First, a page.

Republicans. Can't. Repeal. Obamacare.

Oh, they can repeal big parts of it. Anything related to the budget, like taxes and subsidies, can be repealed via the Senate procedure called reconciliation, which needs only 51 votes to pass. But all the other parts can be filibustered, and it takes 60 votes to overcome a filibuster. Republicans don't have 60 votes in the Senate.1

This leaves quite a few elements of Obamacare that can't be repealed via reconciliation, but I think Democrats should focus on one: pre-existing conditions. This is the provision of Obamacare that bans insurers from turning down customers or charging them extra for coverage, no matter what kind of pre-existing conditions they have. I tell the whole story here, but there are several reasons this is the best provision to focus on:

  • It's an easy thing to understand.
  • It's very popular.
  • Republicans say they favor keeping it.
  • Donald Trump says he favors keeping it.
  • It's not a minor regulation. It is absolutely essential to any health care plan.
  • It's fairly easy to explain why repealing Obamacare but leaving in place the pre-existing-conditions ban2 would destroy the individual insurance market and leave tens of millions of people with no way to buy insurance.

The last point is the most important. Take me. I'm currently being kept alive by about $100,000 worth of prescriptions drugs each year. If I can go to any insurer and demand that they cover me for $10,000, that's a certain loss of $90,000. If millions of people like me do this, insurance companies will lose billions of dollars. In the employer market, which covers people who work for large companies, this is workable because insurers have lots and lots of healthy, profitable people at each company to make up these losses. In the individual market—after you've repealed the individual mandate and the subsidies—they don't. They will bear huge losses and they know it.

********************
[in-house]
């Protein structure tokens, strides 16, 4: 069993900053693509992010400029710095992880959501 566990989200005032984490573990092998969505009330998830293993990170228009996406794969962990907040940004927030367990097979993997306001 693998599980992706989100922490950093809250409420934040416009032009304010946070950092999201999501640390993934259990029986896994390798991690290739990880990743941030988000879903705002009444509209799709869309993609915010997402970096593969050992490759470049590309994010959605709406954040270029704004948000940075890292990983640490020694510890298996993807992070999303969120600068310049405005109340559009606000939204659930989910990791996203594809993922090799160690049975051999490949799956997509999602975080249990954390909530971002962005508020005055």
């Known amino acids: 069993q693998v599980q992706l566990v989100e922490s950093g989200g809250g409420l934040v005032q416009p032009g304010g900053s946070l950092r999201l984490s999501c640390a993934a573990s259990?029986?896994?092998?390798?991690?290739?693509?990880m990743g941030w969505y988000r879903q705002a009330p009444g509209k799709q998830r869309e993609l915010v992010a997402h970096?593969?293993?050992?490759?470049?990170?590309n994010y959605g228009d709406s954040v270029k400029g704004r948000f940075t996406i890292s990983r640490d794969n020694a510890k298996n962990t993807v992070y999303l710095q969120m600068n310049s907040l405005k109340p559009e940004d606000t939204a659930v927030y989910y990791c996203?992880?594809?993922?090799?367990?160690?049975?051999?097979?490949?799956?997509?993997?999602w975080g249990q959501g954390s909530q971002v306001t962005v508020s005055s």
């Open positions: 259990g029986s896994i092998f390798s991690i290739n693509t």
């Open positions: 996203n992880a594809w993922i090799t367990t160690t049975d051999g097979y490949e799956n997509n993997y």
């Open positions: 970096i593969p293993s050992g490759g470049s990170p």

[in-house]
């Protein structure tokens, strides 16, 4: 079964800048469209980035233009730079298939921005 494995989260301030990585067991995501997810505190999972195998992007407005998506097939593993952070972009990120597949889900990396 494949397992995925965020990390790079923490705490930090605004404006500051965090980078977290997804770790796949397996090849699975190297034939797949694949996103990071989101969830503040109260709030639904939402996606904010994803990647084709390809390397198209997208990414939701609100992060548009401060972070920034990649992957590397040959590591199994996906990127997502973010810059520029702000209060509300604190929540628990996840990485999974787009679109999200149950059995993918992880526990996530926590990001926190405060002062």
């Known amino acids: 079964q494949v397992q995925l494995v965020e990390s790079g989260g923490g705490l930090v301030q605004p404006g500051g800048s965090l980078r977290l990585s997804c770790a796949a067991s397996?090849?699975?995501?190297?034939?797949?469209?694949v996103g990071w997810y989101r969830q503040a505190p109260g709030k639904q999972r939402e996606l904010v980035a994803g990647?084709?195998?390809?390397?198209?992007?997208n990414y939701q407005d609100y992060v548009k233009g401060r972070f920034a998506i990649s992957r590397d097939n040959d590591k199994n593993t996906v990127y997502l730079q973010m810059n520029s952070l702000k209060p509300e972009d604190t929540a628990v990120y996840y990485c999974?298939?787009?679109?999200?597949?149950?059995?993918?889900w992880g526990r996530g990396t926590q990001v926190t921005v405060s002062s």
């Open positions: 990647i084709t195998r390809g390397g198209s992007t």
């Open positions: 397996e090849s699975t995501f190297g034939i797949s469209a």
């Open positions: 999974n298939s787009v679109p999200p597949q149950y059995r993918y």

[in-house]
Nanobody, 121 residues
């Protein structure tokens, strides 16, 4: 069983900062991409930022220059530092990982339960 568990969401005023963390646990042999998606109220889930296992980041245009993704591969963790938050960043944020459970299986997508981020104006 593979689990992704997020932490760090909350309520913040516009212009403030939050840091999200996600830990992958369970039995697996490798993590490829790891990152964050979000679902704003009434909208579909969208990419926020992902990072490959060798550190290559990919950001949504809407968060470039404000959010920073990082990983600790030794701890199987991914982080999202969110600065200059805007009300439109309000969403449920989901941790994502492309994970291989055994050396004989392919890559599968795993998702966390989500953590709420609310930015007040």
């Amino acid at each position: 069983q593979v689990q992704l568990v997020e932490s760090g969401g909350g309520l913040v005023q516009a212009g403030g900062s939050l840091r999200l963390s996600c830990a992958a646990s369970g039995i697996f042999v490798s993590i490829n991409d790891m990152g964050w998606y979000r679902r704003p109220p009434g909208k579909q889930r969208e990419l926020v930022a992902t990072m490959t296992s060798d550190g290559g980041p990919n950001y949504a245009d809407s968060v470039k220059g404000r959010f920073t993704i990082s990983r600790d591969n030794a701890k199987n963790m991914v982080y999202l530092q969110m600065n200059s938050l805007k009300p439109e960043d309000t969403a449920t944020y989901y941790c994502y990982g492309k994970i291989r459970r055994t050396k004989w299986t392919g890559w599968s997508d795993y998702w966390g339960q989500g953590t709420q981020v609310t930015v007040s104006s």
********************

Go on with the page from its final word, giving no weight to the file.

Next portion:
What this means is not just that Obamacare would collapse. It means the entire individual market would collapse. Every insurance company in America would simply stop selling individual policies. It would be political suicide to make this happen, and this means that Democrats have tremendous leverage if they're willing to use it. It all depends on how well they play their hand.

The current Republican hope is that they can repeal parts of Obamacare and then hold Democrats hostage: Vote for our replacement plan or else the individual insurance market dies. There's no reason Democrats should do anything but laugh at this. Republicans now control all three branches of government. They've been lying to their base about Obamacare repeal for years. Now the chickens have come home to roost, and they're responsible for whatever happens next. If the Democratic Party is even marginally competent, they can make this stick.

Plenty of Republicans already know this. Some have only recently figured it out. Some are still probably living in denial. It doesn't matter. Pre-existing conditions is the hammer Democrats can use to either save Obamacare or else demand that any replacement be equally generous. They just have to use it.

1Of course, Republicans do have the alternative of either (a) getting rid of the filibuster or (b) firing the Senate parliamentarian and hiring one who will let them do anything they want. If they do either of those things, then they can repeal all of Obamacare and replace it with anything they want. I don't think they'll do either one, but your mileage may vary on this question.

2Just for the record, it's worth noting that Republicans can't modify the pre-existing-conditions ban either. Democrats can filibuster that too.

Donald Trump, eight days ago:

Donald Trump, in a legal filing five days later, as reported by the Washington Post's Philip Bump:

Trump is a serial, compulsive liar. Soon he will be president of the United States.